Her analysis of claims processes also gestures towards the important idea that in the private law of responsibility, damages express the demand that the wrongdoer attempt to make the victim whole by compensating her for violations of her physical integrity, autonomy or property interests, for example.  Understood in this way, monetary payments from the wrongdoer to the victim are grounded in private law’s respect for personhood–compensation is the mechanism by which the law insists that wrongful injuries be repaired by those who inflicted them.  Here, however, it must be acknowledged that money is inevitably inadequate as a means of making a victim whole.   Moreover, the graver the injustice, the more pronounced that inadequacy will be.  Thus it is not surprising that the more that private law is called upon to address especially grievous violations of personhood, the more common it will be for other measures to accompany the demand for compensation. Bilsky does a brilliant job of elucidating the salience of these dimensions of THL—in particular with her discussion of the historical studies.  But the strength of this account would be greatly fortified by calling upon the normative power of private law’s reparative justice impulse rather than giving up on the contribution that the civil conception of individual liability could make.  

Recognizing the constitutive role of private law and the reparative justice impulse in THL itself would also extend the reach of Bilsky’s reading in important ways.  One important critique of THL is that is was ‘all about the money’.   The horrific scale of the wrongs addressed by THL make some version of this worry virtually inevitable, and perhaps that is a good thing.  Commodifying and thereby risking trivializing profound suffering is a concern we must remain alive to.   The overall trajectory of Bilsky’s argument makes a strong case for why this concern may not be as central as some critics might suggest.  However, the hybrid account of responsibility with its indebtedness to the structural reform model risks making compensation look like an incentive regime that has little to do with recognition of the personhood of the victims.   There certainly were some flaws in how THL addressed the compensation questions.  But as Bilsky often obliquely suggests, the most important of these were failures of justice, not of incentive structures.   Only an account that gives fuller play to a robust understanding of private law’s distinctive conception of responsibility can grapple with such failures of justice and the lessons they hold .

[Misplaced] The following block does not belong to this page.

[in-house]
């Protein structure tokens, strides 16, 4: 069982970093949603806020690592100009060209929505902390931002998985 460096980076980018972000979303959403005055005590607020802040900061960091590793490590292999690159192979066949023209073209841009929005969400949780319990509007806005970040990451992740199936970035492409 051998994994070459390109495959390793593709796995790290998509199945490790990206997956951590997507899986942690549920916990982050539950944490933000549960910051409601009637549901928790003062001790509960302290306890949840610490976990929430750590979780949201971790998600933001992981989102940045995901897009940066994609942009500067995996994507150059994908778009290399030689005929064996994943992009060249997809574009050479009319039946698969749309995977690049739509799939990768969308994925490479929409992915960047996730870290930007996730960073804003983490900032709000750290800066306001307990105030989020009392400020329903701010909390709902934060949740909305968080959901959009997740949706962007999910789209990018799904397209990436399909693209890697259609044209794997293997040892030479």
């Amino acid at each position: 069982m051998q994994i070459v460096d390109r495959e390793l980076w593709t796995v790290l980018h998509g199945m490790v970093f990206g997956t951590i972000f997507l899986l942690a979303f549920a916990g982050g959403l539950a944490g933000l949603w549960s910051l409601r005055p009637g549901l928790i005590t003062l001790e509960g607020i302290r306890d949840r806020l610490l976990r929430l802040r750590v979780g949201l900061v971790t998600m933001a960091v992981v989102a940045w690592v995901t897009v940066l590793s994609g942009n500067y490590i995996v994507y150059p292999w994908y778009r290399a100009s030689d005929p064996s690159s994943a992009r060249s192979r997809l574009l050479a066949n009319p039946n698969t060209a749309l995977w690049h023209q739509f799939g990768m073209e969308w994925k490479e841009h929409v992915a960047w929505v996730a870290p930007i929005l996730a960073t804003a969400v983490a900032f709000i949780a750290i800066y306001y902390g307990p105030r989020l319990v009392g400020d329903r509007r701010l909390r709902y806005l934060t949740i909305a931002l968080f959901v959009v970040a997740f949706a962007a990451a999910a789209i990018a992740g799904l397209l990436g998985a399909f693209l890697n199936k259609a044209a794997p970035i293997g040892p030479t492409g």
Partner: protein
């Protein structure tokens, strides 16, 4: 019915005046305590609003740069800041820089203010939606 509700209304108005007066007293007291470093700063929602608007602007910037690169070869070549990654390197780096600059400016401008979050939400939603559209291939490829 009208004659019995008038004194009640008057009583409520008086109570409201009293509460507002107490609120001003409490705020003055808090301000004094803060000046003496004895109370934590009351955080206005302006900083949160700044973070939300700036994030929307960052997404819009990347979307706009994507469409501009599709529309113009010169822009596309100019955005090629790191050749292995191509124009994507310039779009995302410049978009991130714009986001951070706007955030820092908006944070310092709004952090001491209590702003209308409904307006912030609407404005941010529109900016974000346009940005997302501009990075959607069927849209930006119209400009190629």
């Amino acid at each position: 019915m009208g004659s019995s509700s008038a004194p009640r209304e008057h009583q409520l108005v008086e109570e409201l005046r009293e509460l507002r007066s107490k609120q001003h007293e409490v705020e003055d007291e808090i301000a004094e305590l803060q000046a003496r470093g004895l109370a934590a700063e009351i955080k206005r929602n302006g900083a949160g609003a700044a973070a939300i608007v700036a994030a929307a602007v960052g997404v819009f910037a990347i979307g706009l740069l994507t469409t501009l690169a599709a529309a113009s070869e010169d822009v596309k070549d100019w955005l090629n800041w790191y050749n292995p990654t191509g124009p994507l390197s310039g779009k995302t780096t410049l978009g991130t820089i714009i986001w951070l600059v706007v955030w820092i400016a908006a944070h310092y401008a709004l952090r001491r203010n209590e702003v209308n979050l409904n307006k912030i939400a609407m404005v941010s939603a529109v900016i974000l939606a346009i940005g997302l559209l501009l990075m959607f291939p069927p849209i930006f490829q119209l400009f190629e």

Let me close with some related thoughts about the reach of Bilsky’s re-reading of THL.  She gestures towards transnational corporate accountability as one potential sphere of THL influence and I would like to suggest that in fact THL has already served as a powerful source of inspiration.   In the interests of brevity let me give just two examples.  First, in Canada, the massive litigation (some individual, some class actions) that focused on the legacy of Indian residential schools has significant resonance with Bilsky’s account of THL.  In 2007, it too resulted in a massive settlement—now approaching 6B CAD—and gave rise to a complex compensation regime that includes nearly 38,000 adjudicated claims, as well as an important Truth Commission among other features.   The second example is the effort to litigate reparations for slavery in the US.  Clearly inspired by the THL slave labour cases, the litigation itself largely failed and did not generate significant settlements.  Nonetheless, the pressures generated by the articulation of the reparations claims—particularly the most powerful slave labour ones—gave rise to a range of institutional responses that also have a strong affinity with Bilsky’s account of THL.  Ordinances designed to force disclosure of links to slavery were passed in several jurisdictions, economists have begun to attempt to quantify the profits of slavery and many truth-seeking projects and commemorative projects have been undertaken at an institutional level.  One striking example is found at Georgetown University.  After studying its links to slavery and in particular to a significant slave sale in 1838, the university offered preferential admissions to descendants of those who were sold as slaves.  It did so specifically on the ground of reparative justice.  

In these and many other examples of hybrid claims that seek to redress grievous large-scale wrongs, Bilsky’s reconceptualization provides rich material for thinking through the complex questions of responsibility, redress, and history at the heart of THL.   Infusing her account with richer content from private law would only assist in illuminating the important lessons of THL that she so expertly draws out. 

Corporate Responsibility for International Crimes: Problems of Civil Procedure and Collective Guilt